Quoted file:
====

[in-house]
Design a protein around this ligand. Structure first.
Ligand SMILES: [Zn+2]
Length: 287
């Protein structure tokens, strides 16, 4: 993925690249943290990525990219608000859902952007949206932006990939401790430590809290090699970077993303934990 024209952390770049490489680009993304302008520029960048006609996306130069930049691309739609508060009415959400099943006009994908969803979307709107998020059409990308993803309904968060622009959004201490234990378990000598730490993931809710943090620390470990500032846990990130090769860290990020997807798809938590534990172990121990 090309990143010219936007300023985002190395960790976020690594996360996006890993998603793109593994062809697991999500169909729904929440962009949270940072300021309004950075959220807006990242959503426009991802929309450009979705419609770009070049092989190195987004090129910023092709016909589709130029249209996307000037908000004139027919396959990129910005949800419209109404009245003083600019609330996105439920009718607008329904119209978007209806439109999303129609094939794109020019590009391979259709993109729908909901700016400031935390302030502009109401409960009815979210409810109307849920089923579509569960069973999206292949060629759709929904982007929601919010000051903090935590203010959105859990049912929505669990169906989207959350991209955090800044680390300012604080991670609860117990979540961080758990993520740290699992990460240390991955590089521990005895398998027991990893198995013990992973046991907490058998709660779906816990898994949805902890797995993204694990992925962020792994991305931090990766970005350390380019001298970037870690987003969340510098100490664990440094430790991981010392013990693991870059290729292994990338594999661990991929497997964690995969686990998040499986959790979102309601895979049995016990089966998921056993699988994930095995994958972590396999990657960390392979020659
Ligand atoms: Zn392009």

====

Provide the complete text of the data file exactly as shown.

[in-house]
Design a protein around this ligand. Structure first.
Ligand SMILES: [Zn+2]
Length: 287
């Protein structure tokens, strides 16, 4: 993925690249943290990525990219608000859902952007949206932006990939401790430590809290090699970077993303934990 024209952390770049490489680009993304302008520029960048006609996306130069930049691309739609508060009415959400099943006009994908969803979307709107998020059409990308993803309904968060622009959004201490234990378990000598730490993931809710943090620390470990500032846990990130090769860290990020997807798809938590534990172990121990 090309990143010219936007300023985002190395960790976020690594996360996006890993998603793109593994062809697991999500169909729904929440962009949270940072300021309004950075959220807006990242959503426009991802929309450009979705419609770009070049092989190195987004090129910023092709016909589709130029249209996307000037908000004139027919396959990129910005949800419209109404009245003083600019609330996105439920009718607008329904119209978007209806439109999303129609094939794109020019590009391979259709993109729908909901700016400031935390302030502009109401409960009815979210409810109307849920089923579509569960069973999206292949060629759709929904982007929601919010000051903090935590203010959105859990049912929505669990169906989207959350991209955090800044680390300012604080991670609860117990979540961080758990993520740290699992990460240390991955590089521990005895398998027991990893198995013990992973046991907490058998709660779906816990898994949805902890797995993204694990992925962020792994991305931090990766970005350390380019001298970037870690987003969340510098100490664990440094430790991981010392013990693991870059290729292994990338594999661990991929497997964690995969686990998040499986959790979102309601895979049995016990089966998921056993699988994930095995994958972590396999990657960390392979020659
Ligand atoms: Zn392009």